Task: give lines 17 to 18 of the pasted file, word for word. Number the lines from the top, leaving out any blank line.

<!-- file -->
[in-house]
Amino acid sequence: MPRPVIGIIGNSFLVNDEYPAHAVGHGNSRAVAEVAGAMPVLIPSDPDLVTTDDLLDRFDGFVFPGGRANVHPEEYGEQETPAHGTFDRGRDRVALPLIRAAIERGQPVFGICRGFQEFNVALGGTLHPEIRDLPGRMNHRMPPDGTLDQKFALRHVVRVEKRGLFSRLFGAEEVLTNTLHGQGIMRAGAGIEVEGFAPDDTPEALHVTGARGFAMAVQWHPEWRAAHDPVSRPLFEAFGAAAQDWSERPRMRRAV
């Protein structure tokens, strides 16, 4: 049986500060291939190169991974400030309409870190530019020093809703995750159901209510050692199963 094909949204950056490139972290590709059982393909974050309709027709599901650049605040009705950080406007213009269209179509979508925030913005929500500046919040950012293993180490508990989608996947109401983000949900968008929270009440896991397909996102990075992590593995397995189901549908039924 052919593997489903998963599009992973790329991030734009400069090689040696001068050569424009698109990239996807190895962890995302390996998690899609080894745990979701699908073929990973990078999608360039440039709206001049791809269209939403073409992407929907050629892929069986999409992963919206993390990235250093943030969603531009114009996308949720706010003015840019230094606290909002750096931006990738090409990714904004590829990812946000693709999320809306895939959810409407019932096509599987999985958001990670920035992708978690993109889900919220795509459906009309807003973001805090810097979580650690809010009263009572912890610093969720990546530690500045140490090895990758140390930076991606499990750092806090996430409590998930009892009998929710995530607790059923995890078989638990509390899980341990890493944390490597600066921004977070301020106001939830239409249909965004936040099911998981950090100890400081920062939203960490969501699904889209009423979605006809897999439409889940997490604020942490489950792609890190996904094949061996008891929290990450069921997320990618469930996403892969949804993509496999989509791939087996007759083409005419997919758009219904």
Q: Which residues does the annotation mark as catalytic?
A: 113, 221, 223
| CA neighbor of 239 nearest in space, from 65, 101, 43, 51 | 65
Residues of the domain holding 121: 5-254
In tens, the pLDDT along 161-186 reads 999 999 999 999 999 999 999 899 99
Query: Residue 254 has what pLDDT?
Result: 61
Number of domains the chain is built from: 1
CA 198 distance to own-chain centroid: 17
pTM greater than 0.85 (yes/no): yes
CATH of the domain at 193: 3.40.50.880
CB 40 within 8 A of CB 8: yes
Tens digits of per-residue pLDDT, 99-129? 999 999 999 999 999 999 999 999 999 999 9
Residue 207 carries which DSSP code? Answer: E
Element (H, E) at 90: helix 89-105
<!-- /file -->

Residue 207 carries which DSSP code? Answer: E
Element (H, E) at 90: helix 89-105